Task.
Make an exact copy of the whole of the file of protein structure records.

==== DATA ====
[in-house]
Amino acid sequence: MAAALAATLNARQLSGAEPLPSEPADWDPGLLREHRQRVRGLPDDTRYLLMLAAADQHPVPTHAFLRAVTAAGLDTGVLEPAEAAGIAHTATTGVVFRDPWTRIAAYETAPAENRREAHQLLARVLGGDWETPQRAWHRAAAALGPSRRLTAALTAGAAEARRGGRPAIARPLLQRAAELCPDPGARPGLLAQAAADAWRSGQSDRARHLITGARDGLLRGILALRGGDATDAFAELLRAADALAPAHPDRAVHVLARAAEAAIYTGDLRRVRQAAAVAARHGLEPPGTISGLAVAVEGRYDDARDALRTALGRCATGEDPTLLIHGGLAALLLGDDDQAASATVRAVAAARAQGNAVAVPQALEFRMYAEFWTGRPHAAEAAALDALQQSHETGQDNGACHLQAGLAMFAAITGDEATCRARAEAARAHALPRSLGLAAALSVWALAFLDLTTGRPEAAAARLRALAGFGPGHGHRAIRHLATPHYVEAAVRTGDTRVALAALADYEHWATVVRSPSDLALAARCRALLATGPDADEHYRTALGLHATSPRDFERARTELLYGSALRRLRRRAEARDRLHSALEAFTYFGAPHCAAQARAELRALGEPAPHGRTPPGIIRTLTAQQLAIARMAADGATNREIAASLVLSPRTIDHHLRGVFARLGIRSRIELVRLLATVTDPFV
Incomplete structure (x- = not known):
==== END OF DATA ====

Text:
[in-house]
Amino acid sequence: MAAALAATLNARQLSGAEPLPSEPADWDPGLLREHRQRVRGLPDDTRYLLMLAAADQHPVPTHAFLRAVTAAGLDTGVLEPAEAAGIAHTATTGVVFRDPWTRIAAYETAPAENRREAHQLLARVLGGDWETPQRAWHRAAAALGPSRRLTAALTAGAAEARRGGRPAIARPLLQRAAELCPDPGARPGLLAQAAADAWRSGQSDRARHLITGARDGLLRGILALRGGDATDAFAELLRAADALAPAHPDRAVHVLARAAEAAIYTGDLRRVRQAAAVAARHGLEPPGTISGLAVAVEGRYDDARDALRTALGRCATGEDPTLLIHGGLAALLLGDDDQAASATVRAVAAARAQGNAVAVPQALEFRMYAEFWTGRPHAAEAAALDALQQSHETGQDNGACHLQAGLAMFAAITGDEATCRARAEAARAHALPRSLGLAAALSVWALAFLDLTTGRPEAAAARLRALAGFGPGHGHRAIRHLATPHYVEAAVRTGDTRVALAALADYEHWATVVRSPSDLALAARCRALLATGPDADEHYRTALGLHATSPRDFERARTELLYGSALRRLRRRAEARDRLHSALEAFTYFGAPHCAAQARAELRALGEPAPHGRTPPGIIRTLTAQQLAIARMAADGATNREIAASLVLSPRTIDHHLRGVFARLGIRSRIELVRLLATVTDPFV
Incomplete structure (x- = not known):